That research is among the more important changes, because it would “translate to more research on the benefits and risks of cannabis for the treatment of medical conditions,” Dr. Andrew Monte, associate director of Rocky Mountain Poison and Drug Safety, told NPR.

Senate Democrats are now attempting to take those moves even farther with a legislative proposal that would remove cannabis from the list of controlled drugs altogether, legalizing it federally.

In addition to much of what rescheduling the drug to Schedule III would do, the legislation — Senate Bill 4226, the Cannabis Administration and Opportunity Act — would shift federal oversight of cannabis from the Drug Enforcement Administration to a federal alcohol and tobacco tax and trade bureau; establish a Center for Cannabis Producers to regulate production, distribution and sale of marijuana products; and instruct the Food and Drug Administration to set labeling standards and create programs to prevent marijuana use among youths.

It’s not clear, however, if the bill would fold in provisions of earlier legislation sought in recent years — the SAFE Banking Act — that would allow cannabis businesses freer access to banking; or if it would just make the issue moot. Because of current federal restrictions, banks even in states where cannabis is legal decline to offer services to marijuana growers, processors and retailers. In Washington state that means up to $1.5 billion in transactions are done on a strictly cash basis, which has left retail operations in particular open to smash-and-grab thefts and robberies.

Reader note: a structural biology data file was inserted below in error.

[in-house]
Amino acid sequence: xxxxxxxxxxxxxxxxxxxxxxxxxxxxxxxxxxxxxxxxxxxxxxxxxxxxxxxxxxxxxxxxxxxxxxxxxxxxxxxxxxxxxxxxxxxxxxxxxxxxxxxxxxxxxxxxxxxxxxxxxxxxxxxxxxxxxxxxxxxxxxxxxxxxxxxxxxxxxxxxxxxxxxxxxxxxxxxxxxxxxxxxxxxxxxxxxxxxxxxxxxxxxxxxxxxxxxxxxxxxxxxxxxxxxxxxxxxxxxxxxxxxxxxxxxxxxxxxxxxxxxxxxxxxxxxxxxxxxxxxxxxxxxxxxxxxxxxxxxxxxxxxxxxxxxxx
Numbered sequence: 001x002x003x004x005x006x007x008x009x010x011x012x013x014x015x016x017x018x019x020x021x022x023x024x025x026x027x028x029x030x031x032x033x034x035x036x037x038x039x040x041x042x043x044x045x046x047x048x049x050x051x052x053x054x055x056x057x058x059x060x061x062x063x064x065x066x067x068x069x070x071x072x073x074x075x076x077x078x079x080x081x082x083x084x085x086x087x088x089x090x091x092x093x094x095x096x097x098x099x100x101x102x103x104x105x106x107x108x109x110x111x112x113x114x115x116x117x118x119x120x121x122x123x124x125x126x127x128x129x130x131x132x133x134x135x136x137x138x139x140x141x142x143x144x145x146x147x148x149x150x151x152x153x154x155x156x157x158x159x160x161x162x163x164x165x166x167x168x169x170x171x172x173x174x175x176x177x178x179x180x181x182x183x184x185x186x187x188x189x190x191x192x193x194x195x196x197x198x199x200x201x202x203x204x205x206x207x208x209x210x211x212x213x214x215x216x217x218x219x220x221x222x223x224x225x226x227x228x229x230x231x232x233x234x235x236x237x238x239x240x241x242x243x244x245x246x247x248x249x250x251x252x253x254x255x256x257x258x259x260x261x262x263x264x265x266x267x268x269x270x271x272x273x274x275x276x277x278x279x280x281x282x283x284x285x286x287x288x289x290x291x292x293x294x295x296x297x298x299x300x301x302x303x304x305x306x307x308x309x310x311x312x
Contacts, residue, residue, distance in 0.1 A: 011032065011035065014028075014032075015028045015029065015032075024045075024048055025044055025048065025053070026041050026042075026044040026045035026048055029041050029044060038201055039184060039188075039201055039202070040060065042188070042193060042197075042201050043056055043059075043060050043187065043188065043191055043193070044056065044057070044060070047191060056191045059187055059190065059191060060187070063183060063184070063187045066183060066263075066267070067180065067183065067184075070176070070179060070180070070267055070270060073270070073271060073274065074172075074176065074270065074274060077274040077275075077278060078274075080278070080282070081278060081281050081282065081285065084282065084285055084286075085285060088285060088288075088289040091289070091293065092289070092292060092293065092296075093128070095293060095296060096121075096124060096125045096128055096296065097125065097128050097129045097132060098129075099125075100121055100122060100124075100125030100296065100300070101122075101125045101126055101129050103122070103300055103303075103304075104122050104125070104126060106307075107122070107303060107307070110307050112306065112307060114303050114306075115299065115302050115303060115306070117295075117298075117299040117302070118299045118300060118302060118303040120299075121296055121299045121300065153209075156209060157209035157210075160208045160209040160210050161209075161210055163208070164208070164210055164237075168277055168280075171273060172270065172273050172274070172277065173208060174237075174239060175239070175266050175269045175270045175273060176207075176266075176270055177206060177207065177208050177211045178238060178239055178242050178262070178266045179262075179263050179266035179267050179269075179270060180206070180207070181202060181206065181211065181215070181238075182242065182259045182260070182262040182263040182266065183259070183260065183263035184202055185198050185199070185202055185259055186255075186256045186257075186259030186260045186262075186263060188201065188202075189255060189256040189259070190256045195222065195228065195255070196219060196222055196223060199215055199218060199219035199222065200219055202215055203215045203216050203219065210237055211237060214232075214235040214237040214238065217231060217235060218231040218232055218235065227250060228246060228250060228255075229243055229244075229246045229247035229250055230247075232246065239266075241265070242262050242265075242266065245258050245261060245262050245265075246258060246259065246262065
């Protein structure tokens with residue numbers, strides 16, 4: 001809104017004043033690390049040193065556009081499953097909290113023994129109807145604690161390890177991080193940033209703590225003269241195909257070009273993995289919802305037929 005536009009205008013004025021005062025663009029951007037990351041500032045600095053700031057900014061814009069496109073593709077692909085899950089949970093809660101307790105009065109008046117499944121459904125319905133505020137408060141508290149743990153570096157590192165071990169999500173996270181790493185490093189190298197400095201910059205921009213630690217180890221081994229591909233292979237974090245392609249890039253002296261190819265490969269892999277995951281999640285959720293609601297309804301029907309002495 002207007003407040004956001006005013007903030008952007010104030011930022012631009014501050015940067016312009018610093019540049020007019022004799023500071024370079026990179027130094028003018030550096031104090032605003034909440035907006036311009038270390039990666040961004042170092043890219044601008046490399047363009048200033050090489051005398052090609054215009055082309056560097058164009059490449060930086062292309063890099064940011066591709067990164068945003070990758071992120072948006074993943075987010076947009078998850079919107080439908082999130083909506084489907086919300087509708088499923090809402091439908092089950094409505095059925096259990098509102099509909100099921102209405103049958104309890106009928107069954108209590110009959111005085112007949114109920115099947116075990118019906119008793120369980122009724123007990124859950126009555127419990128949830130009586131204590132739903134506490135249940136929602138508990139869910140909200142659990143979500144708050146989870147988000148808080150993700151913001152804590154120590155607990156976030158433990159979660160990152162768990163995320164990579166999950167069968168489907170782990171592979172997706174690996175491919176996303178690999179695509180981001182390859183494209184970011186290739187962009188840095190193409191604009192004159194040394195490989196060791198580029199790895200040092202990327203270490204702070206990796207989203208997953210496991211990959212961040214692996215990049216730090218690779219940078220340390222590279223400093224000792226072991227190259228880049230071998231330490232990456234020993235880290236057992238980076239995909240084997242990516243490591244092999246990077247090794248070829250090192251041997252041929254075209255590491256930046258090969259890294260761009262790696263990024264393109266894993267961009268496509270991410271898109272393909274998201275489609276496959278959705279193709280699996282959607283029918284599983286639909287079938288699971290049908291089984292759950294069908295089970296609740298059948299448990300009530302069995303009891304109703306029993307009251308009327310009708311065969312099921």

There are limitations and questions on both proposals that require more consideration and additional provisions.

For example, while reclassifying marijuana would make it easier for researchers to study cannabis, those scientists would still be limited to a few federally licensed providers of marijuana. That could limit the supply for study of the full range of cannabis products, including extracts and edibles, that are now available with much higher potency of THC, cannabis’ psychoactive compound, than leaf marijuana.

Research has been limited but more of it is pointing toward THC’s potentially harmful effects for young people whose brains aren’t fully developed until they are at least 25 years of age.

“It’s just getting worse in terms of the number of kids who are being impacted by cannabis because the potency is so high. We’re now seeing many more mental health issues — schizophrenia, psychosis, depression, anxiety,” Dr. Leslie Walker-Harding of Seattle Children’s told The Seattle Times last December. “I’ve seen it and it’s scary.”

Debate remains on cannabis’ health effects, which is why much more data, research and study are necessary.

And while 17 Senate Democrats, including Sen. Patty Murray, D-Wash., are backing the recent legislation, the SAFE Banking Act’s multi-year struggle for passage should inform those lawmakers that full legalization of cannabis will be a long battle. Better to take smaller steps toward that goal by focusing efforts on the cannabis banking bill — which had bipartisan support in the Senate near the end of last year — and get it passed first.